A View from the Top: Jonathan Sattin, founder of Triyoga, on reinventing his life and career through yoga
Jonathan Sattin quit his law career to launch Triyoga in 2000 when yoga was an untouched market. What began a small start-up has now grown into a multi-studio operation offering hundreds of classes a week
The yoga industry is booming – there are now classes that even make use of laughing, sweltering temperatures... and goats.
In the UK, the pilates and yoga studio industry is worth an estimated £812m, supporting more than 4,000 business and employing nearly 16,000 people, according to a report last year.
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But aficionados who practise daily might be surprised to hear that the man behind Triyoga – a studio chain that helped make yoga popular in the UK – is far from the poised yogi one might picture.
Jonathan Sattin quit his fast-paced law career (together with his daily 40 cigarettes and 14 coffees) to launch Triyoga in 2000, when yoga was an untouched market.
What began as a startup is now one of London’s leading destinations for yoga and pilates, with five studios across the capital and more than 750 classes per week.
Sattin had no initial plans to work in the wellbeing industry. “My father was a doctor and really wanted one of his three sons to follow in his footsteps,” he says.
“For years, I thought that’s what I was going to do too. But I ended up going to law school and eventually became a lawyer, setting up my own practice when I was 27.”
Looking for a better way to relax while studying, Sattin taught himself to meditate and the seeds for an altogether different life were sewn – not that he knew it at the time.
In 1985, one of his colleagues who thought he was a little “left of centre” suggested he try yoga and sent Sattin to a private class in northwest London. The experience turned out to be life-changing.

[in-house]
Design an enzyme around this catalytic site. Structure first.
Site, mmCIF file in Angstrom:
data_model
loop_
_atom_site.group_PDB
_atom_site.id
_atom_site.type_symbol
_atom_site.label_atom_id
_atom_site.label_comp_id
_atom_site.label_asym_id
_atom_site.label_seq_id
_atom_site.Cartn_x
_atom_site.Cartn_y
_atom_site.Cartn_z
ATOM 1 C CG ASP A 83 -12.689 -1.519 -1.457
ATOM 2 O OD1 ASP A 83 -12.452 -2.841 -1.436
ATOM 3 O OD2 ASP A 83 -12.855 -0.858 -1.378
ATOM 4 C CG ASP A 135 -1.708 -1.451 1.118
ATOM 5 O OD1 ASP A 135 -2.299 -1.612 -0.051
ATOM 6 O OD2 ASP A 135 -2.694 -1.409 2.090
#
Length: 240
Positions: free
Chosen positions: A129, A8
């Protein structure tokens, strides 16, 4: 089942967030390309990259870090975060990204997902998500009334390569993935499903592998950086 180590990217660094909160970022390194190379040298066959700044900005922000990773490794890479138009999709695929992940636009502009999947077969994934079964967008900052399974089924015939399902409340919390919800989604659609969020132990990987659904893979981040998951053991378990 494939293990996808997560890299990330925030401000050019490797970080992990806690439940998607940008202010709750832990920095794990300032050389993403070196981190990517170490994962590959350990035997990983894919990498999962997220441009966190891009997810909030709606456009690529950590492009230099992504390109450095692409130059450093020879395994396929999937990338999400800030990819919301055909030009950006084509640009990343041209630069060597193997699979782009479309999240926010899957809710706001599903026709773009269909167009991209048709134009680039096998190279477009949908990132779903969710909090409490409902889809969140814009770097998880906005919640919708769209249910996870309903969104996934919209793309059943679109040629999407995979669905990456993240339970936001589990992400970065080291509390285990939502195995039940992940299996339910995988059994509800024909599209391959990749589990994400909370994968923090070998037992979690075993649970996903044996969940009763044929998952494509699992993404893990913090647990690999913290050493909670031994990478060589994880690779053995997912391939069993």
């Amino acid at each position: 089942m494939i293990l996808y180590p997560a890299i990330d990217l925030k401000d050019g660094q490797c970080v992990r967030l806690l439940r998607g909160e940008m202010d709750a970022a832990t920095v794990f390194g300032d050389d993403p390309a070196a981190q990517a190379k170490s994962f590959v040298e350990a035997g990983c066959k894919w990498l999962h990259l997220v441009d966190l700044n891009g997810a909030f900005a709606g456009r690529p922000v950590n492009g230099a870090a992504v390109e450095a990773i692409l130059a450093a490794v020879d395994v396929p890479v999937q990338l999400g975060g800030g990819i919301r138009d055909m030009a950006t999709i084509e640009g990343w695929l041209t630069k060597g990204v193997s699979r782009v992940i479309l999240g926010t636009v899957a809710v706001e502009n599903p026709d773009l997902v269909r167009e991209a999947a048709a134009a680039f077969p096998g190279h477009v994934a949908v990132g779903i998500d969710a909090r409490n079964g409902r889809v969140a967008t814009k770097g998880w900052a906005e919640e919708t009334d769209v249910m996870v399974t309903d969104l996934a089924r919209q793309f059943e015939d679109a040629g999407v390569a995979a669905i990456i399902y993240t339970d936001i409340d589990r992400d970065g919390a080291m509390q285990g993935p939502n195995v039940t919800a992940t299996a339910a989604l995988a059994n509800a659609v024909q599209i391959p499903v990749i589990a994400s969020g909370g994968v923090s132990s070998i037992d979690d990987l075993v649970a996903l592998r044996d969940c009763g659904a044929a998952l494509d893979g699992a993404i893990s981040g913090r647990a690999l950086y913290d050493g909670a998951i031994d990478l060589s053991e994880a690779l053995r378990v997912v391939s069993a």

Sattin says: “It might sound clichéd but it’s one of these experiences that become more profound when you look back at them. At the time, I just realised instantly that I needed to change.
“I was a heavy smoker, I used to smoke 40 cigarettes a day and a drink about 14 cups of coffee with two sugars each. Within three months of practising I quit all of that.”
“It wasn’t that I suddenly gave up practising law, shaved my head and wore orange robes, but it was a catalyst for change. It encouraged me to do better.”
After 18 years of practising law he decided he had enough in 1996. Sattin agreed to a year’s notice, which gave him time to think about his next steps.
He says: “I was involved in the set up of Yo! Sushi and Protocol Multimedia Talent Agency. I was talking to some friends in Los Angeles, who said, ‘Why don’t you do what you love?’ and I realised yoga was what I was the most interested in.”
He travelled to the US to see how studios like YogaWorks in Los Angeles and Jivamukti yoga in New York operated. “The aim was to see what they were doing wrong and what I could learn from their mistakes,” Sattin says.
“Once I got the concept, I was very passionate about doing it and when you have that passion, people want you to succeed,” he adds.
Sattin used his network to fund the company and managed to raise £500,000. In 2000, with the help of a company board, some of whose members he found while walking his golden retriever in Regent’s Park, the first Triyoga studio in Primrose Hill was born.
Early investors included David Svendsen, who was then chair of Microsoft, while Simon Low joined the company to be director of yoga, a role he kept until 2002.
If you are a little shy about stepping inside this impressive mecca for yogis, you shouldn’t be. The whole concept was to create a place for all.
Sattin says: “From the beginning, the idea was to create a place where anyone could practice yoga. It had to be authentic and we also wanted to have a wide range of classes. I knew from my own experience that people want different things at different times.